3. Accept frailty in others. No one, and I mean, no one is perfect. Thank God. Embrace the imperfection in others and in myself.
  4. Come to every situation with an empty cup. An empty cup releases expectations.
  5. Look at the world through a child’s eye. If it is new, there are no expectations.
  6. Be realistic and let go of comparisons. What I have is mine, so therefore it is unique. If struggling, remember # 3.
  7. Detach. Detach from fear. Detach from ego. Detach from disappointment.
  8. Work on relinquishing control over others. I can’t control how others think or behave. I have enough trouble with my own issues. If struggling, remember #2.
  9. Practice daily gratitude. Always.
  10. Know that plans will change. Lists will get torn up. Goals will be broken. This is life. Let go and move on. Sometimes the unexpected is painful, yet beauty can be found. Continue to look for joy.

When I focus on the wonder of “what is” instead of “what I expect,” I choose to live this life. I am present. I am me. I am living in love.

“Love is the ability and willingness to allow those that you care for to be what they choose for themselves without any insistence that they satisfy you.” – Wayne Dyer

“I let go of all expectation. People, places, and things are free to be themselves, and I am free to be me.” – Louise Hay

 

Promises Made, Broken, and Forgotten: A New Year of “I Wills”

I love to set goals, especially at the beginning of weeks or months or years. I lay out all my promises to myself with innocent glee. For the first few days I’m a maniac working diligently on the list, but quickly I lose focus. A day goes by and then another. The energy wanes. The intentions soon fade, and then I’m back to wondering, “What the hell? Why can’t I concentrate? Damn.” Then I am back to a new week or month or year. The different (or same) list is made. Affirmations are written down with the best of intentions. I tell myself this time I will accomplish my goals. And the cycle repeats itself.

So, why do I continue this behavior? According to vocabulary.com, a resolution is, “a decision to do something or to behave in a certain manner.” Making resolutions or goals gives us direction, even if we swerve off course. When I taught high school, I would make daily lists in the morning and cross off as I accomplished each task. They kept me focused, and frankly, if I didn’t write it down I would forget. It is the same with resolutions. When we write them down or make them public, they become real. Psychology Today states the best predictor to success is “self-efficacy – the belief in one’s ability to get the job done.” Set realistic goals, believe in yourself, and then plan out how to accomplish them. Don’t give up after a slip. Just set a new goal and move forward.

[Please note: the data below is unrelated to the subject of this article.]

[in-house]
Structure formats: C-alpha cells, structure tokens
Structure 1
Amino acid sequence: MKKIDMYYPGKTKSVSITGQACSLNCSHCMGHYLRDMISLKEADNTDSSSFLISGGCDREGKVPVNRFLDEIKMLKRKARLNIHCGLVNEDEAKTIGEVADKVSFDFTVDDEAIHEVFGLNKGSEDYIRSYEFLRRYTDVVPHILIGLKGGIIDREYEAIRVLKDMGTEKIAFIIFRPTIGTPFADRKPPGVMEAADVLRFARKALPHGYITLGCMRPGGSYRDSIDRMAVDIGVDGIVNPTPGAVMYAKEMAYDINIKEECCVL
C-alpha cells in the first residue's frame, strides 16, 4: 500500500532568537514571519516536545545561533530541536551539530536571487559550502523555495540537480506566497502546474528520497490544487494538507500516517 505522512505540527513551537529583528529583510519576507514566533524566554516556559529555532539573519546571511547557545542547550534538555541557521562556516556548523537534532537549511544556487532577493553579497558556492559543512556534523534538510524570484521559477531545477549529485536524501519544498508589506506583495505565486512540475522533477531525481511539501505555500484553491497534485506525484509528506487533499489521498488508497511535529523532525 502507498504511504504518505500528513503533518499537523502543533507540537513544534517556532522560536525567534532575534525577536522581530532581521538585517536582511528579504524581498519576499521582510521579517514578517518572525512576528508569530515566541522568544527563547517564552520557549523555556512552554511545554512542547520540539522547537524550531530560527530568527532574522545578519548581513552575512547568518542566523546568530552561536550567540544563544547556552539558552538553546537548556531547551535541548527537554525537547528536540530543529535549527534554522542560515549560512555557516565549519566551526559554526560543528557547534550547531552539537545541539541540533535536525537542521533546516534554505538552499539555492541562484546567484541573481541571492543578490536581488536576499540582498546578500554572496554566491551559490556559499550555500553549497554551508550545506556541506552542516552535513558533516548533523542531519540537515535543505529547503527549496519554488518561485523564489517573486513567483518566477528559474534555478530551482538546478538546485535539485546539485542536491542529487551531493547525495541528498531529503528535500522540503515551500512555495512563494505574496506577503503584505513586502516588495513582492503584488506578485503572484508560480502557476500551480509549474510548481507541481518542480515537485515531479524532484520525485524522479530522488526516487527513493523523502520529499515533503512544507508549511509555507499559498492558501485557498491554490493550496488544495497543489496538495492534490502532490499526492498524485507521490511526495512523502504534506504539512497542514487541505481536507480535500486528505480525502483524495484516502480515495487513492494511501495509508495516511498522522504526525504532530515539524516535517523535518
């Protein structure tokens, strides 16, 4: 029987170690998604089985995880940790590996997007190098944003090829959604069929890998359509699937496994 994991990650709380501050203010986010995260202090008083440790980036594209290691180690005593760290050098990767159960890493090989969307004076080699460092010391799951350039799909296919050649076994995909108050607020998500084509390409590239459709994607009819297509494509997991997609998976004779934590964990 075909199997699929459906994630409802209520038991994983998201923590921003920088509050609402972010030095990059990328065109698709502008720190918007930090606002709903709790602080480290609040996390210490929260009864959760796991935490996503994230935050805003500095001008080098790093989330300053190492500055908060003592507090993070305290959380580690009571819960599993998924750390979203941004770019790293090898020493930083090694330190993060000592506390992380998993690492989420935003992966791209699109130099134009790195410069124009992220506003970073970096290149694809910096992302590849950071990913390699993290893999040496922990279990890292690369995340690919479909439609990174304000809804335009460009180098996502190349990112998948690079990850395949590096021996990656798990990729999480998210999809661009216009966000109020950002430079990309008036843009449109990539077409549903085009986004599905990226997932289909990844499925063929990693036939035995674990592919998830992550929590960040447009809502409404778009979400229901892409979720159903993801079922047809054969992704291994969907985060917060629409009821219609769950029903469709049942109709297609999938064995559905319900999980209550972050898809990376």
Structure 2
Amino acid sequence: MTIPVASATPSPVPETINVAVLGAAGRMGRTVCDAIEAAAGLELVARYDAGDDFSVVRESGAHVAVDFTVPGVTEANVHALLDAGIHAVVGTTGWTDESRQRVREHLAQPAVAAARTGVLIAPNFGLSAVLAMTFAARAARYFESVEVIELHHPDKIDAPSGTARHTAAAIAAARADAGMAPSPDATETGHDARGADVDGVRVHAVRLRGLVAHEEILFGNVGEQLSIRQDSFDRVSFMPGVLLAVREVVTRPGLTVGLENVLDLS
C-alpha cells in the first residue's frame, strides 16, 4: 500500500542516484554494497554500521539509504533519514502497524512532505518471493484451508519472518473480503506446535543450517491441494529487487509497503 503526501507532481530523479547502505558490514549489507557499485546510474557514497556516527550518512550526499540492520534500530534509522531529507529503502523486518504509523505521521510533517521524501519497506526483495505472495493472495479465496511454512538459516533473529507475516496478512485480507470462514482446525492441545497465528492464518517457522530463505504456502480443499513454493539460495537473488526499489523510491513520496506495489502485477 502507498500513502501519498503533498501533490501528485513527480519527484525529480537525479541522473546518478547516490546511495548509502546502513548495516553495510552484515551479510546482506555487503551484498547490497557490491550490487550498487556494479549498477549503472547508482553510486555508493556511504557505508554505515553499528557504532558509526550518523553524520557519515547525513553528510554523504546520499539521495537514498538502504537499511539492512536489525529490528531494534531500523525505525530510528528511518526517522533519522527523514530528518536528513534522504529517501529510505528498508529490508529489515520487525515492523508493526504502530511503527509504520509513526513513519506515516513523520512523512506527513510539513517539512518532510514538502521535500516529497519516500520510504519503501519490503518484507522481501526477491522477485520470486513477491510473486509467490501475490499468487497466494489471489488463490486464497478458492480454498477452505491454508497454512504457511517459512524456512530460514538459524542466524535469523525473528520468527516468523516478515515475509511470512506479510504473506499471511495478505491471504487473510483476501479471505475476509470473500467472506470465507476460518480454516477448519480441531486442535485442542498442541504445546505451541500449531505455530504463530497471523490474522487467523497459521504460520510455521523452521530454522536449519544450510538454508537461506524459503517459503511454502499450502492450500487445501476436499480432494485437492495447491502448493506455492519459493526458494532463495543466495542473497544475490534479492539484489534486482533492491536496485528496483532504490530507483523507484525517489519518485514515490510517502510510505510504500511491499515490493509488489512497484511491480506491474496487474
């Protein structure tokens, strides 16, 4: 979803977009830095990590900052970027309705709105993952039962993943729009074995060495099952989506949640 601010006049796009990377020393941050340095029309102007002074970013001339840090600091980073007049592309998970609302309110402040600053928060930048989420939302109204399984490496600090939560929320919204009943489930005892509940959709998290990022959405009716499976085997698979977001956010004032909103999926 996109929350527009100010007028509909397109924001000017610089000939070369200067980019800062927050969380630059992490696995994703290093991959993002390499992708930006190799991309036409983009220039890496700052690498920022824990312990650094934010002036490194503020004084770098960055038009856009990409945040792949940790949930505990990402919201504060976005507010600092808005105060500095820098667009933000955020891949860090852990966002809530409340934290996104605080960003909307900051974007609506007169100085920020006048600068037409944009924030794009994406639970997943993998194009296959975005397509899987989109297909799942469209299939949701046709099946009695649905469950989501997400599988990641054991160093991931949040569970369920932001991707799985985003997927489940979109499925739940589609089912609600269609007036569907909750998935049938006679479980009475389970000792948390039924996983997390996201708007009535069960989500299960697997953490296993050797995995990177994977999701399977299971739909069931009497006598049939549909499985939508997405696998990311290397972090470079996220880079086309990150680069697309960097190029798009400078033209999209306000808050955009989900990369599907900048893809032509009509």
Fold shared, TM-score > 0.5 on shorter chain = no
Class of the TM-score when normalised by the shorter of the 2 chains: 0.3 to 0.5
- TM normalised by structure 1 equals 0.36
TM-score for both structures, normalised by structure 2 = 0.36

Sounds simple? No, in fact, resolutions are damn hard. This is why the majority of them fail in the first few weeks. But why do we keep making them? Human nature, that’s why. We humans are on a constant quest to improve our lives. Very few of us wish for bad health or messy houses or terrible relationships. We desire more, and so we continue New Year’s resolutions year after year.

As I teeter on the cusp of a new year, I ponder how our lives shifted dramatically in the last twelve months. My husband got a new job in a new state. We sold stuff, donated stuff, and moved stuff to our new home. I left old friends in my old town, but am slowly making new ones in my new town. Most of my New Year’s resolutions from last year faltered, sputtered, and tanked, yet I am determined to come up with a fresh list to welcome 2018. What are my chances of actualization? Well, I’ll never know unless I try, so this year I have five “I wills.” 

  1. I will write. My writing suffered with the move. I seemed to have lost something, whether it was inspiration or determination, but I have decided I am lost without it. I am a writer, so I will write. I won’t be afraid to put my words out there, even if they face rejection or are ignored. I’m looking at signing up for writing conferences, writing groups, and even submitting works to online publications. Writing is a vital part of who I am, and I need to nurture it.
  2. I will eat healthy. I discovered back in November that my bad cholesterol is too high. If ignored, I risk clogged arteries and heart disease. This new year will include healthy choices, including backing off from alcohol, at least for “Sober January.” After that, everything in moderation. More vegetables. Less sugar. More beans and nuts. Less white rice and pasta. More water. Less wine. More fruit. Less crap. More oatmeal. Less carb-filled breakfasts. If I want to run around with the grandchildren, this is how I will eat and live.